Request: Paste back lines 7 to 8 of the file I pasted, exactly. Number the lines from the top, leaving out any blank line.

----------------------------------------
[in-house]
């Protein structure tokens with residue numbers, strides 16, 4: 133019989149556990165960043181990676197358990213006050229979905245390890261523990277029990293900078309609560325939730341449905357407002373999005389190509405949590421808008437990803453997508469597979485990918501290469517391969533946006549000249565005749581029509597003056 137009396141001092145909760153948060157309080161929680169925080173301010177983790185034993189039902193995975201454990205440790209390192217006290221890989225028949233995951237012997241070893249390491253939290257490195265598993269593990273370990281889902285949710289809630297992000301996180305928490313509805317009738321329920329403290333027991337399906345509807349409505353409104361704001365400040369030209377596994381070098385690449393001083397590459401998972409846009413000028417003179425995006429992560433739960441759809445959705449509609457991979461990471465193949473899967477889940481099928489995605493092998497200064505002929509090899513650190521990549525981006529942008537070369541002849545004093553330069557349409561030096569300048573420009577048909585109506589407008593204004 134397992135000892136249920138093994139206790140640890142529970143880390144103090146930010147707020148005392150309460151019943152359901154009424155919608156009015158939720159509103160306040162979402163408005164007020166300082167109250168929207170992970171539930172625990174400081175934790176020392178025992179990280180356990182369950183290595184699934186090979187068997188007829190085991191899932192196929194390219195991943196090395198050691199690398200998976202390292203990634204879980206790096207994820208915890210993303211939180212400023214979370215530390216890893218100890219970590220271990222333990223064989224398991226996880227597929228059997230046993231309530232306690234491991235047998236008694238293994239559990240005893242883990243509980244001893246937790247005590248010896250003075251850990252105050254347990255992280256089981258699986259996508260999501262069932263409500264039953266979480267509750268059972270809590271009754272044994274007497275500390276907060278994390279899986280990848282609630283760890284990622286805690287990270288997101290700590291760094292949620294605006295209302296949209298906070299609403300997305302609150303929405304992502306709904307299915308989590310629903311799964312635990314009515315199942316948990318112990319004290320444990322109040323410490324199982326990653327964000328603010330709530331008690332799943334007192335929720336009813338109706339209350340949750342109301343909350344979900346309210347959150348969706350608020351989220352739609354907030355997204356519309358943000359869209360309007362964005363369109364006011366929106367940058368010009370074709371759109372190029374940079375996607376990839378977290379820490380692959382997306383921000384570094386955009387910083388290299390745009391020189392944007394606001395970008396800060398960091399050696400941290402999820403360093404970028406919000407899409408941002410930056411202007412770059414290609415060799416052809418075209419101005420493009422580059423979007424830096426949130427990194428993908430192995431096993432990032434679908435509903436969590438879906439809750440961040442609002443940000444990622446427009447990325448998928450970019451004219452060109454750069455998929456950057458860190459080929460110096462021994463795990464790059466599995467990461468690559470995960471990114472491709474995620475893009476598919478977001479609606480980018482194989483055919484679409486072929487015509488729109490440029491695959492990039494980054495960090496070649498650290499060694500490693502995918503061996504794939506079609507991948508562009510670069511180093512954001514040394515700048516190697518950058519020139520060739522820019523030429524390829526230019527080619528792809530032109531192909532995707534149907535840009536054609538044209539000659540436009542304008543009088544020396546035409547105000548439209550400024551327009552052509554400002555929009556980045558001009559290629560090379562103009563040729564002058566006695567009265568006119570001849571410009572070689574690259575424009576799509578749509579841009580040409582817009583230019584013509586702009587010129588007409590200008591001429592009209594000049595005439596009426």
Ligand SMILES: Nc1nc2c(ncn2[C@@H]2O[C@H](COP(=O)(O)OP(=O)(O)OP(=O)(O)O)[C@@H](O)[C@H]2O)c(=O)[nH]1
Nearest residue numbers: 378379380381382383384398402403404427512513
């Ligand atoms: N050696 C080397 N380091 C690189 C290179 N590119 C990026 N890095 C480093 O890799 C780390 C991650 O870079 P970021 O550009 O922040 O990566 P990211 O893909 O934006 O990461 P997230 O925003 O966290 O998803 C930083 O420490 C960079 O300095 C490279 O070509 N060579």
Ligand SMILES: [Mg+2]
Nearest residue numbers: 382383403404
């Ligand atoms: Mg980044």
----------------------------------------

Nearest residue numbers: 382383403404
């Ligand atoms: Mg980044």